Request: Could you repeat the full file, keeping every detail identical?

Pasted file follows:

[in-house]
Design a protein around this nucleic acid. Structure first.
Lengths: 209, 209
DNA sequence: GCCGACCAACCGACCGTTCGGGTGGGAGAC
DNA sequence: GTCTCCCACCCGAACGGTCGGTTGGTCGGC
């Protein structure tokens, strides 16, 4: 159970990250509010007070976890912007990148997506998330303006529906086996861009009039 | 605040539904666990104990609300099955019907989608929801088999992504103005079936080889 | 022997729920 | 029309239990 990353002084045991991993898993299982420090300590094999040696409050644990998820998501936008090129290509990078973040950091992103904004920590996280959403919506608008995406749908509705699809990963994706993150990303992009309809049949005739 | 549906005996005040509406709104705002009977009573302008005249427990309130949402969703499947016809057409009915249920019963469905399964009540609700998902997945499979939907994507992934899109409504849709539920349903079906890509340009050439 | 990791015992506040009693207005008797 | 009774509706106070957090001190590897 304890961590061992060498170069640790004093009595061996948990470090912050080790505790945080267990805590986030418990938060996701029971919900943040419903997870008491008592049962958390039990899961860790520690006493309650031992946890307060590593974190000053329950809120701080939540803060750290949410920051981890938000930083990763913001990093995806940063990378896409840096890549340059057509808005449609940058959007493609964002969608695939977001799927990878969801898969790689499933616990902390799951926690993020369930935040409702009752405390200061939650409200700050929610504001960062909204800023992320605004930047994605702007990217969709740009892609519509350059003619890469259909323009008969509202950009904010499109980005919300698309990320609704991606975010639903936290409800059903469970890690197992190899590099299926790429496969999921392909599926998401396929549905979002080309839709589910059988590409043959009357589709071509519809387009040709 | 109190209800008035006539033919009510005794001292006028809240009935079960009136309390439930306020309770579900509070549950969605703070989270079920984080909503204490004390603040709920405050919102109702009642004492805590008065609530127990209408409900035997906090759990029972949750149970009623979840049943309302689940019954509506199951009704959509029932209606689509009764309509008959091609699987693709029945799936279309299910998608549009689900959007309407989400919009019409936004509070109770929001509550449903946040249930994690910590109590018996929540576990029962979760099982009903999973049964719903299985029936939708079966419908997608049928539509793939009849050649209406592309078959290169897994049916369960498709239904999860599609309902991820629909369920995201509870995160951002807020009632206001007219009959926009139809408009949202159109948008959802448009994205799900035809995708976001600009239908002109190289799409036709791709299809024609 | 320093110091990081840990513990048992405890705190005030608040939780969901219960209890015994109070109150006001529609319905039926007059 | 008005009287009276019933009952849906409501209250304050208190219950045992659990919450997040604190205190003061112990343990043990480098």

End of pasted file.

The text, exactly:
[in-house]
Design a protein around this nucleic acid. Structure first.
Lengths: 209, 209
DNA sequence: GCCGACCAACCGACCGTTCGGGTGGGAGAC
DNA sequence: GTCTCCCACCCGAACGGTCGGTTGGTCGGC
């Protein structure tokens, strides 16, 4: 159970990250509010007070976890912007990148997506998330303006529906086996861009009039 | 605040539904666990104990609300099955019907989608929801088999992504103005079936080889 | 022997729920 | 029309239990 990353002084045991991993898993299982420090300590094999040696409050644990998820998501936008090129290509990078973040950091992103904004920590996280959403919506608008995406749908509705699809990963994706993150990303992009309809049949005739 | 549906005996005040509406709104705002009977009573302008005249427990309130949402969703499947016809057409009915249920019963469905399964009540609700998902997945499979939907994507992934899109409504849709539920349903079906890509340009050439 | 990791015992506040009693207005008797 | 009774509706106070957090001190590897 304890961590061992060498170069640790004093009595061996948990470090912050080790505790945080267990805590986030418990938060996701029971919900943040419903997870008491008592049962958390039990899961860790520690006493309650031992946890307060590593974190000053329950809120701080939540803060750290949410920051981890938000930083990763913001990093995806940063990378896409840096890549340059057509808005449609940058959007493609964002969608695939977001799927990878969801898969790689499933616990902390799951926690993020369930935040409702009752405390200061939650409200700050929610504001960062909204800023992320605004930047994605702007990217969709740009892609519509350059003619890469259909323009008969509202950009904010499109980005919300698309990320609704991606975010639903936290409800059903469970890690197992190899590099299926790429496969999921392909599926998401396929549905979002080309839709589910059988590409043959009357589709071509519809387009040709 | 109190209800008035006539033919009510005794001292006028809240009935079960009136309390439930306020309770579900509070549950969605703070989270079920984080909503204490004390603040709920405050919102109702009642004492805590008065609530127990209408409900035997906090759990029972949750149970009623979840049943309302689940019954509506199951009704959509029932209606689509009764309509008959091609699987693709029945799936279309299910998608549009689900959007309407989400919009019409936004509070109770929001509550449903946040249930994690910590109590018996929540576990029962979760099982009903999973049964719903299985029936939708079966419908997608049928539509793939009849050649209406592309078959290169897994049916369960498709239904999860599609309902991820629909369920995201509870995160951002807020009632206001007219009959926009139809408009949202159109948008959802448009994205799900035809995708976001600009239908002109190289799409036709791709299809024609 | 320093110091990081840990513990048992405890705190005030608040939780969901219960209890015994109070109150006001529609319905039926007059 | 008005009287009276019933009952849906409501209250304050208190219950045992659990919450997040604190205190003061112990343990043990480098």